The 2022 corruption report on Ghana highlights the concerning problem of bribery in the country’s public sector. The report reveals that police officers are the most vulnerable to bribery among all public officials, with a high prevalence rate of 53.2 percent.
Conducted in collaboration with the Commission on Human Rights and Administrative Justice (CHRAJ) and the Ghana Statistical Service (GSS), the survey, carried out by the United Nations Office on Drugs and Crime (UNODC), offers a troubling insight into the scope of corruption.
Ghana Immigration Service (GIS) Officers and Ghana Revenue Authority (GRA) customs officers are also prominently placed on the list, with bribery rates of 37.4 percent and 33.6 percent, respectively.
Interestingly, elected government representatives have a significantly lower involvement in bribery, with a mere 2.9 percent prevalence.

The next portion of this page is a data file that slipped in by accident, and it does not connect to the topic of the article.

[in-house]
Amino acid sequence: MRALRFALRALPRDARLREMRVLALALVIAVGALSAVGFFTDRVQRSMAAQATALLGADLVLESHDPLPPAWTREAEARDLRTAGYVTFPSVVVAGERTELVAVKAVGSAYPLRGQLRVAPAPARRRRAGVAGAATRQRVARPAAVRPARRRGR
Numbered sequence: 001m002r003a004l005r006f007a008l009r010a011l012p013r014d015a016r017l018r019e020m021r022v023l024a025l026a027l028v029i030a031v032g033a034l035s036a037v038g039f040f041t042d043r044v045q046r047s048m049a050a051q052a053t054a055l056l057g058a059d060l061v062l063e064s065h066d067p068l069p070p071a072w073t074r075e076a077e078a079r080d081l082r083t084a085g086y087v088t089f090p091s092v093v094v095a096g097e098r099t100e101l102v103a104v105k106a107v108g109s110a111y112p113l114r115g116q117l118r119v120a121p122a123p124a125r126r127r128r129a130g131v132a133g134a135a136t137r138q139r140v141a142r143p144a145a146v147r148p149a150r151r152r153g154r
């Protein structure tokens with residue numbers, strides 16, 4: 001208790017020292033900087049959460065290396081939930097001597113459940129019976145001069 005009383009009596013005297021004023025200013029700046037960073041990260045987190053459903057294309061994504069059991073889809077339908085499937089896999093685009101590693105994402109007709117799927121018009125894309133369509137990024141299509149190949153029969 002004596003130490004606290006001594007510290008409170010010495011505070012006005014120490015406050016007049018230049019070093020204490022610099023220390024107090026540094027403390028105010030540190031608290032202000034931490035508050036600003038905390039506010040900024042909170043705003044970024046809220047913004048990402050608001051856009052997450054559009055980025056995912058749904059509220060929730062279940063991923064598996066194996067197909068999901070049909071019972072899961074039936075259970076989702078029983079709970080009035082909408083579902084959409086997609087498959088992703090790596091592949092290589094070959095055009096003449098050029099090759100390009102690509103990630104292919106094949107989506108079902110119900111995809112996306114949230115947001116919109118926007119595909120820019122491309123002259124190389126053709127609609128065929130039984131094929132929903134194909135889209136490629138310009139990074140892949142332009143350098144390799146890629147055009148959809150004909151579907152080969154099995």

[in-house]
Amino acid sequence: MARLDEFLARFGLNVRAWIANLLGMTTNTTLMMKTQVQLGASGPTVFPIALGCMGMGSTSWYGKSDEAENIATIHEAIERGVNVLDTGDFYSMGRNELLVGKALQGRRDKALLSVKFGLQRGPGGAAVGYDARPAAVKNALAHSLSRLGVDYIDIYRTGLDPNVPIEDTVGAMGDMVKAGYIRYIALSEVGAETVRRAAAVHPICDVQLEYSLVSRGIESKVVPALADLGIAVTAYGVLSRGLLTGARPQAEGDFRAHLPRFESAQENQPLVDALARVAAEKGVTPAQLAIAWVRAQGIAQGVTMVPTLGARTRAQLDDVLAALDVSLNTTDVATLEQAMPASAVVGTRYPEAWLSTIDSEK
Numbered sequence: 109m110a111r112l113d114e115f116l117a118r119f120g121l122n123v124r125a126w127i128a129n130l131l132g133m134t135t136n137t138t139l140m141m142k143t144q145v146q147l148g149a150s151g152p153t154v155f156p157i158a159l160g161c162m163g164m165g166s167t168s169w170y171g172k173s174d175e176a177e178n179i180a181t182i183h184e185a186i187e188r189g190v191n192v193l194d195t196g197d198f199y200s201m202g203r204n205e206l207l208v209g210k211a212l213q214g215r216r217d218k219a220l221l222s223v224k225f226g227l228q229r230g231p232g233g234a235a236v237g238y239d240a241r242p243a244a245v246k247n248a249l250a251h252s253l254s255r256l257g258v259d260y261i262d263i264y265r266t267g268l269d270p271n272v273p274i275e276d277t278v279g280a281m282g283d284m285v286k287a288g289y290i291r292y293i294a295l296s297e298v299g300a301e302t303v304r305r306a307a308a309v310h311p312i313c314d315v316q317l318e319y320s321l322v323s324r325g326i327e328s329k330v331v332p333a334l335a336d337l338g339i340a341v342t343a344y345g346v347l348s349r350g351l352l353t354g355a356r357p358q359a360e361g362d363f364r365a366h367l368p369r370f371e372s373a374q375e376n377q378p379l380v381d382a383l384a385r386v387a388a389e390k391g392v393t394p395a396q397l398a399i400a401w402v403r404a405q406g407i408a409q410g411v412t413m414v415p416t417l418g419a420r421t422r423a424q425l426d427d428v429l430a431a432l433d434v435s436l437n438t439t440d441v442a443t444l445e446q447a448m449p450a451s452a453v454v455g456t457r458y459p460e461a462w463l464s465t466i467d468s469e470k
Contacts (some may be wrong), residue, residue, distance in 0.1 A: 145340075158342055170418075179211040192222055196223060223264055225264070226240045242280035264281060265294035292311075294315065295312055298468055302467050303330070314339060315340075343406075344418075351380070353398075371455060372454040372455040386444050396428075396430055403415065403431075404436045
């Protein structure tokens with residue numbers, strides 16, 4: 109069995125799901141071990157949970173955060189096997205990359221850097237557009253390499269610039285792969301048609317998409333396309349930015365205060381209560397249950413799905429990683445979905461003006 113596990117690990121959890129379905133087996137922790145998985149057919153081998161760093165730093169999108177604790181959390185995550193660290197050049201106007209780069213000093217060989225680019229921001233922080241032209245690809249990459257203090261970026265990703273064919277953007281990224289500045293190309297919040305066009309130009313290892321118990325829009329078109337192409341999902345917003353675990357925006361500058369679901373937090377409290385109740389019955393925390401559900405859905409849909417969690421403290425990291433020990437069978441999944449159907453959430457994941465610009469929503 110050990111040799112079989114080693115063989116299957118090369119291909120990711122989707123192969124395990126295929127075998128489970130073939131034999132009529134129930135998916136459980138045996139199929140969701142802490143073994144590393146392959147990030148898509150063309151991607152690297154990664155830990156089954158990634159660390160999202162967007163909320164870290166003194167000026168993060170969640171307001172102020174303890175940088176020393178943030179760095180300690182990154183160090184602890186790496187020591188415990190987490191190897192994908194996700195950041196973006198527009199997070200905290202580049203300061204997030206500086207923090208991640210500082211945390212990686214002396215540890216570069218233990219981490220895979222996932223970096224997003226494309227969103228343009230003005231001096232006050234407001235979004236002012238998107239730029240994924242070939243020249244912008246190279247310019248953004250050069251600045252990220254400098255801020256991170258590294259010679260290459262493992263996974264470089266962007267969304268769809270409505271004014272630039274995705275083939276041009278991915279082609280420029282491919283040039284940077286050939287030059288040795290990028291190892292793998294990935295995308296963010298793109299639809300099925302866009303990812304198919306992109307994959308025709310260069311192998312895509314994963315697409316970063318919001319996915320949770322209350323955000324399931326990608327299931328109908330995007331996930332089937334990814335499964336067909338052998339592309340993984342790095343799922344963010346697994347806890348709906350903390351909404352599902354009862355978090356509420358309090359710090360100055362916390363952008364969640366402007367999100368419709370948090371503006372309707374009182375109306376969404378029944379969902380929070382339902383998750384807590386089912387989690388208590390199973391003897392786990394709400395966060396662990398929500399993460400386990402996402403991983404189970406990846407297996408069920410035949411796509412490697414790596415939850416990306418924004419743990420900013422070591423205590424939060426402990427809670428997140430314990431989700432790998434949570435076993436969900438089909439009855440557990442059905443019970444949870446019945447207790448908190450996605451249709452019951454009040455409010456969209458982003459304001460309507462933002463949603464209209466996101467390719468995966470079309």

Bribes offered to public officials take various forms. Cash payments dominate, accounting for almost 9 out of 10 cases in Ghana (84.8 percent). Comparatively, exchanges involving food, drink, or services are less frequent. However, in rural areas, there is a higher occurrence of bribes in the form of food and drink (17.8 percent) than in urban areas (10.1 percent).
The total value of cash bribes paid in Ghana is nearly equivalent to one-third of the Ministry of Education’s 2021 budget.
Cash bribes in urban areas are 1.5 times higher than in rural areas, with the average national bribe amounting to 348 Ghanaian cedis. With approximately 17.4 million bribes paid in 2021, the annual total of cash bribes to public officials in Ghana reaches around 5 billion Ghanaian cedis. This sum corresponds to 32.9 percent of the Ministry of Education’s 2021 budget.